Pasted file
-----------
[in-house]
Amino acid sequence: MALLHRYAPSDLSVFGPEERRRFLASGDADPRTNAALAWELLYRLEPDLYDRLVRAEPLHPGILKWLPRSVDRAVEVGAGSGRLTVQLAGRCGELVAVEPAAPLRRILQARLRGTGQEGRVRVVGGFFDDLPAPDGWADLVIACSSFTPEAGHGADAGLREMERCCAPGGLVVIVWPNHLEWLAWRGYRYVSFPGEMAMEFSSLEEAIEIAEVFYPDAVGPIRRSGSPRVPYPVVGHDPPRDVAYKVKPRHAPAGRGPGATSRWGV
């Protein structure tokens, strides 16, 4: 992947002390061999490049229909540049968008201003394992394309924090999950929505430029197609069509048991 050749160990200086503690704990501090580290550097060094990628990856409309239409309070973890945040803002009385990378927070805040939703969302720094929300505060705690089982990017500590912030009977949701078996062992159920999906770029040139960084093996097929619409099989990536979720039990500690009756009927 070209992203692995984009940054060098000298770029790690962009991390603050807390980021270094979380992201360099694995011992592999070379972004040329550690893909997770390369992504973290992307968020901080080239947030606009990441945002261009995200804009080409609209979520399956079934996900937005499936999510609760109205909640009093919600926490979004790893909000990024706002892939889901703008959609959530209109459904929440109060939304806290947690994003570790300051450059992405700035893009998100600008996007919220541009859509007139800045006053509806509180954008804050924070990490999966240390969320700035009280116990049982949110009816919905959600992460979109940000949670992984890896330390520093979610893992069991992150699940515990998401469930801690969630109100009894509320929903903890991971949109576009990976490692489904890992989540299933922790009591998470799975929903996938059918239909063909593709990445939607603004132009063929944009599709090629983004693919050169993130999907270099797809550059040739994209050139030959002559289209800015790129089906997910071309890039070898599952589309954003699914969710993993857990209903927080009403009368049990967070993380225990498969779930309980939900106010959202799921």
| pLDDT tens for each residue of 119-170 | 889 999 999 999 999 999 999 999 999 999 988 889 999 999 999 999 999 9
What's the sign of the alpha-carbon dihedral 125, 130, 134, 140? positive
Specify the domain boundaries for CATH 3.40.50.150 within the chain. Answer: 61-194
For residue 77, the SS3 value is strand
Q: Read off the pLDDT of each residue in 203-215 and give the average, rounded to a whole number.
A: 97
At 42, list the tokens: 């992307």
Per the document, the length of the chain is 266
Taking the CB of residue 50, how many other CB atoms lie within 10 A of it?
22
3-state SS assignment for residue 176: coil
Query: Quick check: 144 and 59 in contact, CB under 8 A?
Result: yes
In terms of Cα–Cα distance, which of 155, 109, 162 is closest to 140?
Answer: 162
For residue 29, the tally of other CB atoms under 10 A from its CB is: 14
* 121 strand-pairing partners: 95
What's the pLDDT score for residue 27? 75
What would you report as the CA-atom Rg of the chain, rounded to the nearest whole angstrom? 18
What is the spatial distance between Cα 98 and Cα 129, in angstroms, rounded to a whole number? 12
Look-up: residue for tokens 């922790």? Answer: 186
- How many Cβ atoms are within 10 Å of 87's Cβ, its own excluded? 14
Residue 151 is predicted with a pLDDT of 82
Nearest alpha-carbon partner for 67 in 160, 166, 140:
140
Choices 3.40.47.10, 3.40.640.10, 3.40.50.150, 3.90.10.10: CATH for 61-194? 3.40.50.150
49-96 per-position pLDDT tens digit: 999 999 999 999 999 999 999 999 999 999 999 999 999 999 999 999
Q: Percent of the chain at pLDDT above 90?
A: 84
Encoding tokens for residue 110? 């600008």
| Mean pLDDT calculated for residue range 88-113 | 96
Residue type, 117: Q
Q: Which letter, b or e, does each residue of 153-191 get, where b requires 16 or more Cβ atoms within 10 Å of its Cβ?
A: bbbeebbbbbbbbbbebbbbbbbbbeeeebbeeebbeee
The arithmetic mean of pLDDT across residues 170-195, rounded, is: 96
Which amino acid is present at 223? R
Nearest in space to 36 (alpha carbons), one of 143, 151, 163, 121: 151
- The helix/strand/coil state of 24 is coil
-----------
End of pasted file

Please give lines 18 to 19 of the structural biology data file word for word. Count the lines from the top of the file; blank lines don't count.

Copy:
Answer: 162
For residue 29, the tally of other CB atoms under 10 A from its CB is: 14